From Everson to Edwards, a Legacy of Lunacy

In 1982 the Louisiana legislature passed a bill known as the “Balanced Treatment for Creation-Science and Evolution-Science in Public School Instruction” Act.[ref]La.Rev.Stat.Ann Sect. 17:286.1-17:286.7 (West 1982).[/ref]  It was challenged as being violative of the First Amendment of the Constitution of the United States of America, and struck down by the United Supreme Court in the famous case of Edwards v. Aguillard.[ref]Edwards v. Aguillard, 482 U.S. 578 (1987).[/ref]  The Court, choosing to characterize it as the “Creationism Act” rather than the “Balanced Treatment Act”, (its proper name),[ref]The tendentious opinion by Brennan depicted the Act by the whimsical and inflammatory epithet “Creationism Act,” Edwards, p. 580, belying any pretext of neutrality.  This deliberate miscaricature was not joined by the concurring opinion of Justices Powell and Justice O’Connor, who referred to the bill by a shortened version of its actual name, the “Act” or “Balanced Treatment Act.” Edwards at 598.[/ref] summarized the bill as follows:

The Creationism Act forbids the teaching of the theory of evolution in public schools unless accompanied by instruction in “Ccreation science.”  Sect. 17:286.4A.  No school is required to teach evolution or creation science.  If either is taught, however, the other must also be taught.  Ibid.  The theories of evolution and creation science are statutorily defined as “the scientific evidences for [creation or evolution] and inferences from those scientific evidences.”  Sections 17.286.3(2) and (3).[ref]Edwards at 581.  Bracket in original.[/ref]

The District court had determined that the bill “involve[d] teachings tailored to the principles of a particular religious sect or group of sects.”  Aguillard v. Treen, 634 F.Supp. 426 (Ed La. 1985).  The High Court applied the three part “Lemon” test.[ref]Lemon v. Kurtzman, 403 U.S. 602 (1971).[/ref]

This involves asking:  1)   Was the law secular in purpose?  2)  Was the statute’s primary effect one that neither advanced nor inhibits religion?  and  3)  Would the statute create excessive entanglement between government and religion?  The Court came to the remarkable conclusion that the Balanced Treatment Act (or “Creation Science Act” as the Court preferred to call it) violated the first prong of the Lemon test — lack of secular purpose.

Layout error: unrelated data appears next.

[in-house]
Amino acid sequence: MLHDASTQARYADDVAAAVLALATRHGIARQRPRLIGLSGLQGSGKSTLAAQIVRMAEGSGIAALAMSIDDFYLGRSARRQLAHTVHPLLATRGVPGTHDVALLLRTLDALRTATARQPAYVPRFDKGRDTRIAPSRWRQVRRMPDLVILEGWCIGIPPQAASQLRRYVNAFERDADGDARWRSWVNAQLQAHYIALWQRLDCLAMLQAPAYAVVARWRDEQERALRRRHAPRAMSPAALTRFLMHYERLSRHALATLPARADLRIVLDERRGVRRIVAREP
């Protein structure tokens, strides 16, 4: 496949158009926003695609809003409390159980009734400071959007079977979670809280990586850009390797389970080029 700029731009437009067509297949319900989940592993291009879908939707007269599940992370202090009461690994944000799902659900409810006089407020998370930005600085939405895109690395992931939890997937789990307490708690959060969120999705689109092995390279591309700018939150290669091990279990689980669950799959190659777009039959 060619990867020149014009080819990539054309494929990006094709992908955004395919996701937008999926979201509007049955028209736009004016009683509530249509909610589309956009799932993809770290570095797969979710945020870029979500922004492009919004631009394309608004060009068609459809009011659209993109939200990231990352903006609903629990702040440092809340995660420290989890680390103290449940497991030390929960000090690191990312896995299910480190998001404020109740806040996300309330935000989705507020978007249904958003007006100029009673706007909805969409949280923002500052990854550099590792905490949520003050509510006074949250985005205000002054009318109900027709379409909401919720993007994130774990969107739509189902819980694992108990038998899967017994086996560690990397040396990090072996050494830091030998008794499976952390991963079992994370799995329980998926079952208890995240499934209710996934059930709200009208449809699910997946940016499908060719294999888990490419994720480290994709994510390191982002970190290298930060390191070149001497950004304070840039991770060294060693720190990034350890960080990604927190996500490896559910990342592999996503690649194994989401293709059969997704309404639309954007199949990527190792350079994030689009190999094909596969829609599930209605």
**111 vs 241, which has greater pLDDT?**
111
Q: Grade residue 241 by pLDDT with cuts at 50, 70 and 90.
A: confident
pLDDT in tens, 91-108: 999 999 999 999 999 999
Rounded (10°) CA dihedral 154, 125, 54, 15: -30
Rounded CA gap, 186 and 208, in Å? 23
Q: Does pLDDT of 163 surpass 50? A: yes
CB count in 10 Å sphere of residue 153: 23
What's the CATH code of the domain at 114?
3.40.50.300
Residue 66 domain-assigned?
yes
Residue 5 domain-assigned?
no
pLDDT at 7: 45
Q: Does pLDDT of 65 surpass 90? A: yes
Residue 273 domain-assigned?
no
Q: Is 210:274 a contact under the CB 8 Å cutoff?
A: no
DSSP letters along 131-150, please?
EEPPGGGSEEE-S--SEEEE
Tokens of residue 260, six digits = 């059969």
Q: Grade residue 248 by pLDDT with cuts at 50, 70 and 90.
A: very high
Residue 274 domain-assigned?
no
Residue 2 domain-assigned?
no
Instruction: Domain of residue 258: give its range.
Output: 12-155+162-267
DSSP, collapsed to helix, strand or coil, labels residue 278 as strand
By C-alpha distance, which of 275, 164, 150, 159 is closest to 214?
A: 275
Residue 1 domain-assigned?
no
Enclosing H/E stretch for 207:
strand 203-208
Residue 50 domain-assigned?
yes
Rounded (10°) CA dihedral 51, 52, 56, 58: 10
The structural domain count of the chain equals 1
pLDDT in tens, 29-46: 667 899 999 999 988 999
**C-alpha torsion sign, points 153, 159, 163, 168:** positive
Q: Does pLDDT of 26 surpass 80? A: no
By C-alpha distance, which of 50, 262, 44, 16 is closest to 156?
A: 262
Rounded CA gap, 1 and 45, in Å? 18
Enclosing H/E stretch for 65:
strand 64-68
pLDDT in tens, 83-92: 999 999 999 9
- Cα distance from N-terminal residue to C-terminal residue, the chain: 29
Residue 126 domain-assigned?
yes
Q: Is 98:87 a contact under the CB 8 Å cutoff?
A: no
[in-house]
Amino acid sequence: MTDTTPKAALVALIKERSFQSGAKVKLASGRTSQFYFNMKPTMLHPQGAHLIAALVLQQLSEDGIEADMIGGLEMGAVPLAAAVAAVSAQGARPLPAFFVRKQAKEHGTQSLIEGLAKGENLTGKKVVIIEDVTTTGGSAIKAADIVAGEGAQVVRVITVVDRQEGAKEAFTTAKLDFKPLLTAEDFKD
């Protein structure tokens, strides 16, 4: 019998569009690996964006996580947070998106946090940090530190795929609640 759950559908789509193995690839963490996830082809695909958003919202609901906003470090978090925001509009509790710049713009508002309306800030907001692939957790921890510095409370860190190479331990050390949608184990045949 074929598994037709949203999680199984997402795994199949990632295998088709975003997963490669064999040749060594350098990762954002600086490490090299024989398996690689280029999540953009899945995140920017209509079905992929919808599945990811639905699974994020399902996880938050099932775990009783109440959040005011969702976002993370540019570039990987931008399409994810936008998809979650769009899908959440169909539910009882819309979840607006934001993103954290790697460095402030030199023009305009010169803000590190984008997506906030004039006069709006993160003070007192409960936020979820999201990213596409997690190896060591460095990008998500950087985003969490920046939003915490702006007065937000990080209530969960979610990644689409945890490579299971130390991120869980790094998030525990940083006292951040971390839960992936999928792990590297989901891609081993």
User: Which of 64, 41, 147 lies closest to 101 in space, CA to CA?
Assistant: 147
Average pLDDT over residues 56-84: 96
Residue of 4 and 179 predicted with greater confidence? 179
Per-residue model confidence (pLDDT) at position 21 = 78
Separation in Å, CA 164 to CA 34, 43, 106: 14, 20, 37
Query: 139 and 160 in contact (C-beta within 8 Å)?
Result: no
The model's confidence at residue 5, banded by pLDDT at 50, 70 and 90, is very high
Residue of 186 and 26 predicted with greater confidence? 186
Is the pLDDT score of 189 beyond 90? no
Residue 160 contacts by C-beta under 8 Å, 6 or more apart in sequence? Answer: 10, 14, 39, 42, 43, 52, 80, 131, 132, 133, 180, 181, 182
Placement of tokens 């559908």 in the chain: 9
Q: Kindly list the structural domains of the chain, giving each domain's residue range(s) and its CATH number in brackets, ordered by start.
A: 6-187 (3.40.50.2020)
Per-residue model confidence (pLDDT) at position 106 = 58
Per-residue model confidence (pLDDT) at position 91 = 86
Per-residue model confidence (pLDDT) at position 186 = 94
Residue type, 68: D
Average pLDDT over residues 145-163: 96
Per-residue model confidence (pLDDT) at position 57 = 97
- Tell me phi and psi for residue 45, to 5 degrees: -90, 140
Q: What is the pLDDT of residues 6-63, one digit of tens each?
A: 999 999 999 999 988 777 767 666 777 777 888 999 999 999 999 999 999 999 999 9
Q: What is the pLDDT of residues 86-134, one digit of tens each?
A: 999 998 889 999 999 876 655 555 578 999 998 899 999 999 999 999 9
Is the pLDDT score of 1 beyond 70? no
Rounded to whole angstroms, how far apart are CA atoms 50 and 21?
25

It is the purpose of this paper to examine the reasonableness of the Court’s decision against a grammatico-historical analysis of the First Amendment, the evolution (if we might borrow the phrase) of the First Amendment over the last fifty years; the current state of science including both the body of evidence for creation science and evolutionary science, the scientific method, and documented prejudices within the scientific community that color their conclusions and bring into question their objectivity; and the social and political implications of this decision.  We shall see the Supreme Court’s decision was entirely at odds with the Constitution, including the Bill of Rights and other founding documents and seminal writings of The Republic, that it was out of step with genuine science, and ultimately sets a dangerous course for education in this country.  This paper will not focus exclusively on Edwards, but will draw most heavily from it since it is the most comprehensive case to date addressing the question of the Creator in the classroom.

“It is bigotry to teach only one theory of origins.”  American Civil Liberties Union following the Scopes Trial.

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